Your objectives must be achievable and relevant. Research your community and make sure you know whether your project is likely to be welcomed or whether it is needed. Set achievable targets; do not claim that a yearlong project will produce radical change. Rather, set clear objectives that can be fulfilled. Remember that the success of the project will also determine your chances of obtaining more funding. Thus, see each project as a small contribution towards bigger ends.

Relevant means result oriented. Your project objective should be able to answer the questions like “why should this project be done?” “what impact will this project have?” Set objectives parallel to your organization’s strategic plan and mission addressing the specific needs of your target group.

Remember your objectives must be reached in a set time-frame. Draw on the results of similar projects and observe what is happening in your community in order to decide how long it will take to complete a task. Consider all the steps you intent to make. From advertising the project, gathering interested parties, negotiating your goals with those of your target group and starting the activities. Take note of other events that might become an obstacle for reaching your goals on time. If you work with young unemployed people, consider whether they will be likely to prefer an intensive training of four weeks or whether they will be more likely to commit for a longer period of time.

Finally, remember that life is unpredictable. As such, it is important that your objectives are flexible and negotiable. This does not mean that they should be vague or general. They must be extremely precise and detailed, but they must also convey the idea that, throughout the development of the project, you will constantly engage with set objectives to make necessary changes and ratification when appropriate.

The Best Proposal Writing Techniques for NGOs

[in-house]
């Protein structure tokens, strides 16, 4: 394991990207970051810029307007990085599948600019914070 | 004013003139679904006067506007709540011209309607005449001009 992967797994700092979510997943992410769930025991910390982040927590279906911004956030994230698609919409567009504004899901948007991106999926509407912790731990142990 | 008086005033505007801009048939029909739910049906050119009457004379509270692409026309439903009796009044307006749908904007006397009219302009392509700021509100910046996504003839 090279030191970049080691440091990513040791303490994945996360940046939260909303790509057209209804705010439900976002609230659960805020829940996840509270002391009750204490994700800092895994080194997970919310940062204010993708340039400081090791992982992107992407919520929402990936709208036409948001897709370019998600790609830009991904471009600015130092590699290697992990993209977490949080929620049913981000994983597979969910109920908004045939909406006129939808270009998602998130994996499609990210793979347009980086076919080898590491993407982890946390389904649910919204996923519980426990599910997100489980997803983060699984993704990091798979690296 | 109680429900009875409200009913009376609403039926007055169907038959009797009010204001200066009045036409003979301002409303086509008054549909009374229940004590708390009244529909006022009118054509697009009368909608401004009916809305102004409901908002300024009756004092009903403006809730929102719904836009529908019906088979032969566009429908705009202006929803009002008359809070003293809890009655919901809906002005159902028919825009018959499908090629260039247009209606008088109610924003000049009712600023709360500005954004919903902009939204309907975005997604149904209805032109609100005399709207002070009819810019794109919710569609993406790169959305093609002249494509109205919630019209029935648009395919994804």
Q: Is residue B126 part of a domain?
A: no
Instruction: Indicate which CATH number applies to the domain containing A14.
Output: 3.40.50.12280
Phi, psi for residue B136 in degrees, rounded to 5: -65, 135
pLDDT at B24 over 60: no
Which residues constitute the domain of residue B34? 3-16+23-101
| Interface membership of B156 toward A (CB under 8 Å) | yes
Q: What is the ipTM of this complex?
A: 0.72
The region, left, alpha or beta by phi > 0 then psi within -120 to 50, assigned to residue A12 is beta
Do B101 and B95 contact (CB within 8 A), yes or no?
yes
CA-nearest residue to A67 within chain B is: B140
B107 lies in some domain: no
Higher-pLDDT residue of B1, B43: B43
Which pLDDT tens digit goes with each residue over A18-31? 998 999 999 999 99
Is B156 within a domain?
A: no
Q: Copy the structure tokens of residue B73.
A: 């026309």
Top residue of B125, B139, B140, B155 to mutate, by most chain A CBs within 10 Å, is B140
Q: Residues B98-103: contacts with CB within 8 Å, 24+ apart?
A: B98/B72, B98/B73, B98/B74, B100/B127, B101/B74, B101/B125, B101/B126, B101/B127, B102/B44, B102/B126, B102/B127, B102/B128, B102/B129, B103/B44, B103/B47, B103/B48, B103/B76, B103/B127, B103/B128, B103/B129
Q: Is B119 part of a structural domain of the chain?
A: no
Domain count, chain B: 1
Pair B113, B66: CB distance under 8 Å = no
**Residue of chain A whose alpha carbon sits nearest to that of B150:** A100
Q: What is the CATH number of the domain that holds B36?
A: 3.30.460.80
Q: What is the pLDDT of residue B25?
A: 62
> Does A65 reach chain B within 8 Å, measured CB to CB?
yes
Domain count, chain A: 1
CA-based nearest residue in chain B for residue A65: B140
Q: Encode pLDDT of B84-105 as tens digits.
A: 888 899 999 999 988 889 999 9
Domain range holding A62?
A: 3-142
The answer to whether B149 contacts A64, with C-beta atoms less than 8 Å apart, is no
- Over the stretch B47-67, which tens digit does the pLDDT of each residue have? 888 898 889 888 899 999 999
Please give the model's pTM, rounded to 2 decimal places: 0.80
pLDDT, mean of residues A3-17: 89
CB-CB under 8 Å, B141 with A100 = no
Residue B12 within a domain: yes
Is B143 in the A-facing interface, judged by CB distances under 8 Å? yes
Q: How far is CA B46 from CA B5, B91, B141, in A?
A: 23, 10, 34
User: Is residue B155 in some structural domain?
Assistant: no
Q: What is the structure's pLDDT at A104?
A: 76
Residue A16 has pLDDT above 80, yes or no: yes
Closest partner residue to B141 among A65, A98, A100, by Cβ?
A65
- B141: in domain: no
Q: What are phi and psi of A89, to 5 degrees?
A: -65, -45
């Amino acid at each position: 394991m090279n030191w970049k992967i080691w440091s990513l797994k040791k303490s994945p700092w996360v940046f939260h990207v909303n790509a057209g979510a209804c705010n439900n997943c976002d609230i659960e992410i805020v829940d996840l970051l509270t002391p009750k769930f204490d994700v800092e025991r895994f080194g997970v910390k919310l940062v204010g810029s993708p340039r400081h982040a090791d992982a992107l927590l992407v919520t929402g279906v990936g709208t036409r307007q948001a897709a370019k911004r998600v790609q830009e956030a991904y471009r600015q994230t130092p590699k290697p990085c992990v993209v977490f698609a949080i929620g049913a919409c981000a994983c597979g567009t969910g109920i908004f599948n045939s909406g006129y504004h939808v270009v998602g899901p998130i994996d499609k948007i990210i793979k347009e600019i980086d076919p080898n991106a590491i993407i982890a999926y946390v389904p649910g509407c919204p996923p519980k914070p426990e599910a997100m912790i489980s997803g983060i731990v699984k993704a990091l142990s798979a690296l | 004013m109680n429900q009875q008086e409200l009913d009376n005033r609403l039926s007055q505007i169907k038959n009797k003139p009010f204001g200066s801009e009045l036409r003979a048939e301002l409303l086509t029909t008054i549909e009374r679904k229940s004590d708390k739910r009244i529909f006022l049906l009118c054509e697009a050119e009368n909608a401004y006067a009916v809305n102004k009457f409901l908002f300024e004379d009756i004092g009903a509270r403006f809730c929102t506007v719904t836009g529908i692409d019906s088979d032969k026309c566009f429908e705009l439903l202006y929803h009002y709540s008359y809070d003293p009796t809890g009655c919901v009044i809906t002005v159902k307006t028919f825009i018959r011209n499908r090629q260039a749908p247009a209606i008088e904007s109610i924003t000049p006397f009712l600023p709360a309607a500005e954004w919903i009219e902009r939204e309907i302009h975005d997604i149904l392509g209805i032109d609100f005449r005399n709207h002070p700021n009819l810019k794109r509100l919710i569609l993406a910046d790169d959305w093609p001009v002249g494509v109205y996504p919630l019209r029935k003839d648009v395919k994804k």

A successful application depends on the design of a sound project, which addresses social, political, and economic issues of a community. In order to get funded, it is important to spell out your needs, plans, and evaluation strategies in a way that allows the potential donor to understand the importance of your project and become interested in what you are doing. The proposal you send represents your major opportunity to get funded, so it is of crucial importance to learn how to write it in a consistent and effective way.

Firstly, take time to familiarize with the vocabulary of your potential donor. Read their website carefully and their calls for proposals, taking note of the words they use to frame their values, goals, and strategies. It could be useful to create lists of phrases, concepts, and verbs that you find in the donor’s texts that could be used for your own application. To speak the ‘same language’ will immediately create a strong connection between you and your targeted funding body.

Proposal Writing TechniquesSecondly, keep in mind that the search committee will read and assess several applications. A winning proposal is the one that stands out of the crowd by being clear, precise, and engaging. Avoid rhetorical questions and complicated sentences; your style has to be fresh and your phrasing simple and accessible. Always opt for clarity, brevity, and be direct. Project proposals are normally short, so you don’t have space to elaborate much. Be committed to concision. This will involve several rounds of re-drafting your proposal, so start well in advance in order to meet the deadline.

Thirdly, always use action verbs – this will give the idea that you and your project is set to achieve results and not only to reflect about the issues at stake. Avoid vagueness and be precise. Your proposal must convey concrete ideas and paths to achieve concrete results. For instance, do not write, “a group of people will benefit from” but “10 young people will be trained to do…” such and such. Be realistic; a successful application is not a grand proposal to change the world. Rather it is a project that should achieve set goals in a set timeframe. The more precise you can be, the better it is. In fact, not only will you be more likely to achieve your targets, the donor will be able to assess the results against clear milestones and parameters.

Fourthly, be engaging. Do not over-use statistics and numbers; paint compelling portraits and captivating life-stories. This will consistently allow the donor to understand your engagement with the local community. Insert glimpses of everyday life in order to illustrate with concrete examples what problems you wish to address and who the individuals in your target group are.

Donors have websites

Most donors have websites. Check them out before writing your Proposal

Once your proposal is finished, leave it for few days and then go back to it with fresh eyes. You will find mistakes and ways of improving it by detaching yourself from the text for a short period of time. And always remember that, if you are writing in a language that is not your first language, it will be necessary to seek professional proofreading. The donor will appreciate the effort you put towards producing an error-free text.